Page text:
- n. A female given name.
- A Latinate form of Clarice, from Latin Claritia, a fanciful medieval variant of Clara. (Wiktionary)
“Richardson's Pamela faints in order to avoid sexual intercourse, while Clarissa is unconscious while being raped by Lovelace, thus escaping mentally from an unwanted experience; Rousseau's Julie falls into a swoon during her forbidden kiss with Saint Preux.”
“Incidentally the hold Wallace Simpson had on the Duke of Windsor was revealed in Clarissa Dixon Wright ` s recent book.”
“If Lovelace seems too excited about her being there Clarissa is determined not to go.”
“Clarissa is writing to her friend Miss Howe and saying some not very nice things about her sister and comes out with this, “yet how can one be such a reptile as not to turn when trampled upon!””
“The discussion of Clarissa is included in a chapter called “Richardson and Fielding: Tragic Pastoral and Comic Epic.””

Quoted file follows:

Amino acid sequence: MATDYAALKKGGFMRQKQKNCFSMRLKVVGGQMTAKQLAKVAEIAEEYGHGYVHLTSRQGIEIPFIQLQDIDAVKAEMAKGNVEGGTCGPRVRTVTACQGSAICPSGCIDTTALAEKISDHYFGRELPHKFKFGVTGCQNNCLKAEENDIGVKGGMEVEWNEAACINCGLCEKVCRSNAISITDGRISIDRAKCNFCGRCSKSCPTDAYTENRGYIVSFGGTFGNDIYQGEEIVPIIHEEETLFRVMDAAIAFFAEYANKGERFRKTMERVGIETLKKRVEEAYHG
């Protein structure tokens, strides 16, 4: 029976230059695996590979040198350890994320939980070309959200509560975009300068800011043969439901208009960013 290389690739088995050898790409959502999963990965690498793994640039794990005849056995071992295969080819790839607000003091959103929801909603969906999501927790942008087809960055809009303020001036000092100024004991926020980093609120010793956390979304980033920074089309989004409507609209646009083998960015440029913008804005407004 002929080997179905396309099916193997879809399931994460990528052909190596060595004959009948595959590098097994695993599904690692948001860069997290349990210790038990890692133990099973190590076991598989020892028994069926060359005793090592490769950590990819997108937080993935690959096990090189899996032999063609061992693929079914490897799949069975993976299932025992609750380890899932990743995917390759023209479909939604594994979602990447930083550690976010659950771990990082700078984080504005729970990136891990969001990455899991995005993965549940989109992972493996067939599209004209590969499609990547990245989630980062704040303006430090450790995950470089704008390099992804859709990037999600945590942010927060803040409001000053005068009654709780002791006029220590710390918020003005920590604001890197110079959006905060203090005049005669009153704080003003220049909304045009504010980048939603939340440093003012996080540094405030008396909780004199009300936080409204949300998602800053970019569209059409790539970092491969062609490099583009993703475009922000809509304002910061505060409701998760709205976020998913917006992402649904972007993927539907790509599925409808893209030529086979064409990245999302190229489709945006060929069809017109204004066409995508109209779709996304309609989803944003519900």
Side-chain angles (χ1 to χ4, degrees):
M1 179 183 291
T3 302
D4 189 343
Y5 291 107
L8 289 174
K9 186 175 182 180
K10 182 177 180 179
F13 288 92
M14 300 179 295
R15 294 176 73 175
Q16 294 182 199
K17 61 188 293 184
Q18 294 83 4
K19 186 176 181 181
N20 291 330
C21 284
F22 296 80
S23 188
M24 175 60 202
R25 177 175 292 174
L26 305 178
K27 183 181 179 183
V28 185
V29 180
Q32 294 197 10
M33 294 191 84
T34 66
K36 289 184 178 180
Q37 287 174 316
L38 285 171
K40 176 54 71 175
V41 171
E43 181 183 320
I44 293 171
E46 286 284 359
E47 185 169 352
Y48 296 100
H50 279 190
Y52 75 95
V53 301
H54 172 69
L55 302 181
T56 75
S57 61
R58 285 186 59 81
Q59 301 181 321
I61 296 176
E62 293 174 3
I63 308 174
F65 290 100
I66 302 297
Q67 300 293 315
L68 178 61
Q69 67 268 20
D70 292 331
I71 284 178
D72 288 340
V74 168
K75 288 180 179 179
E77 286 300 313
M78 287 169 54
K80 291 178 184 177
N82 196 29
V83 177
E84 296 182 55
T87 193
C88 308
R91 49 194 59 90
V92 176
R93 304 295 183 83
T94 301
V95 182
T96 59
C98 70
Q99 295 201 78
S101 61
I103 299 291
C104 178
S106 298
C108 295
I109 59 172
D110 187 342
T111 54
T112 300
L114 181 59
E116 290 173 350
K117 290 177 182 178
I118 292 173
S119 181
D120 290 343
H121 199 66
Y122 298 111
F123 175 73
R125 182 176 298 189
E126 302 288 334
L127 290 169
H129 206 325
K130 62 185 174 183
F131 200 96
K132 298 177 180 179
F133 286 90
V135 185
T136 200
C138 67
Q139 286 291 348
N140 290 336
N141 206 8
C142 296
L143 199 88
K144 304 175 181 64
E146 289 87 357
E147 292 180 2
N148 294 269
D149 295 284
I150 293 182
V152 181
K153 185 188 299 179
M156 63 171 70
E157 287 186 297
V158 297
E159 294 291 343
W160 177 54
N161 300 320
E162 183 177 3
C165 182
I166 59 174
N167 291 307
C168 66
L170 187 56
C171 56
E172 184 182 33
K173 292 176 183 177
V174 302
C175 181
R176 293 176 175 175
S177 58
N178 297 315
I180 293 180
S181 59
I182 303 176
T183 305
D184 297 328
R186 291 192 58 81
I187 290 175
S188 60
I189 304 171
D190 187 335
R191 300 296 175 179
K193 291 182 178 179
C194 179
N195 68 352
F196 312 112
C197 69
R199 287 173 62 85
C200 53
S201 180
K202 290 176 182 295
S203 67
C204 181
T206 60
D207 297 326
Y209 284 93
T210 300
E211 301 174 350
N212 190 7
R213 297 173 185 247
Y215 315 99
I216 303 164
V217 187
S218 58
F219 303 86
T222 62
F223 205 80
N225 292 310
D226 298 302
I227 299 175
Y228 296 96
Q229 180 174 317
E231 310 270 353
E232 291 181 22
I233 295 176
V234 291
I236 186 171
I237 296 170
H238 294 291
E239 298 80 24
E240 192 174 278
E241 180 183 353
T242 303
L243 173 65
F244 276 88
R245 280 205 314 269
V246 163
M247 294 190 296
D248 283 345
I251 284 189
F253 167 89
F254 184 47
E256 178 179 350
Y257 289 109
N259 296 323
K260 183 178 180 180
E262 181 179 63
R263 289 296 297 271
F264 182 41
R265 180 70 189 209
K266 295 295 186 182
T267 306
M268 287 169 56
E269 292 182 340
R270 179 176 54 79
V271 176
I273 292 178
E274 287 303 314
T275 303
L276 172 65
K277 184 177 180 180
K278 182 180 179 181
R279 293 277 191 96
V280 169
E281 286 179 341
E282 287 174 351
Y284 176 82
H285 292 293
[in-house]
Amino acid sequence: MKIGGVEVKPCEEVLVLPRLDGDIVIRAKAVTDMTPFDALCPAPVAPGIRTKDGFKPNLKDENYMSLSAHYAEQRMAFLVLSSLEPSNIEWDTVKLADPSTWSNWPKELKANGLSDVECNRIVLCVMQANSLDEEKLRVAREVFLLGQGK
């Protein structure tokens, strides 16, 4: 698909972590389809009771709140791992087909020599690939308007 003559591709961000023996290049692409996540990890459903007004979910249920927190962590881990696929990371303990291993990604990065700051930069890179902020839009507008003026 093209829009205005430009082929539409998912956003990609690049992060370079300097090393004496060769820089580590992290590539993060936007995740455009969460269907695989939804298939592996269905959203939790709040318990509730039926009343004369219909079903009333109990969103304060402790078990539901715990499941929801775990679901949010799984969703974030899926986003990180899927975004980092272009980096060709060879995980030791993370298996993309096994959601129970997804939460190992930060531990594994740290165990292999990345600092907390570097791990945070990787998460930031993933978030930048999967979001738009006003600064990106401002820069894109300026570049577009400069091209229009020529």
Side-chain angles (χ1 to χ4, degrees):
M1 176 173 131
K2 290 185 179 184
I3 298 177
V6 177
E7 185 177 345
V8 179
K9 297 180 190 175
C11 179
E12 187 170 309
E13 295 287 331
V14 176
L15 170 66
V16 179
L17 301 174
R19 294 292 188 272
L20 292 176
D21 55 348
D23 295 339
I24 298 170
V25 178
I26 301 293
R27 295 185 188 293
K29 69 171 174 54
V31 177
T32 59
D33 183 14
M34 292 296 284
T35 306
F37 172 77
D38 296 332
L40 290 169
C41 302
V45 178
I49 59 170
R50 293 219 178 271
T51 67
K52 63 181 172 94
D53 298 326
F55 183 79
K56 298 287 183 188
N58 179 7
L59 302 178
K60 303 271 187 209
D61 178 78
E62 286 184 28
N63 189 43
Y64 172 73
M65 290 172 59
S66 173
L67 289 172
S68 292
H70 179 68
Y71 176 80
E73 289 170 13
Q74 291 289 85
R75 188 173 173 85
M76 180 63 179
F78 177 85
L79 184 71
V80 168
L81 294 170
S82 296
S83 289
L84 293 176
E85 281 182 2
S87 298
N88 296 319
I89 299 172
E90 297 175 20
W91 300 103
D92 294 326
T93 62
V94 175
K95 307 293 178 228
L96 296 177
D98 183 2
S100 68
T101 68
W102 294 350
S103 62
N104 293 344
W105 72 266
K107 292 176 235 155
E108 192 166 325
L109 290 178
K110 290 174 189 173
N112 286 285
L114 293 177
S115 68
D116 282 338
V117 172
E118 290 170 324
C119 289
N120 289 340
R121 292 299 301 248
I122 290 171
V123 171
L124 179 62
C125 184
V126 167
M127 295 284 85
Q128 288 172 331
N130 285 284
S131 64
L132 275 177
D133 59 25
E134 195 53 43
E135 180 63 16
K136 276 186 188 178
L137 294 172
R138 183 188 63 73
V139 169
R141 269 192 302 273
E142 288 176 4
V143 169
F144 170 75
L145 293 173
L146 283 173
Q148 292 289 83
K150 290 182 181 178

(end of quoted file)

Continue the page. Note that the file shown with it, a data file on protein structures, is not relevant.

“It is interesting that he wrote this because even in Clarissa, Anna Howe and Clarissa Harlowe spend quite a bit of time discussing in detail the clothing of Lovelace and other gentleman callers.”
“In this way we might obtain a literary product so anomalous in appearance as 'Clarissa' -- a story in which a most affecting situation is drawn with extreme power, and yet so overlaid with twaddle, so unmercifully protracted and spun out as to be almost unreadable to the present generation.”
“One Fat Lady as in Clarissa Dickson Wright (of Two Fat Ladies fame) reading her autobiography Spilling the Beans.”
“Between Clarissa’s friend Anna Howe encouraging her to marry Lovelace as soon as possible and Lovelace proposing to Clarissa as frequently as propriety permits, Clarissa is doomed.”
“Clarissa is currently holed up in a farmhouse not far from one of Lord M’s estates (Lord M is Lovelace’s uncle).”
Looking for tweets for Clarissa.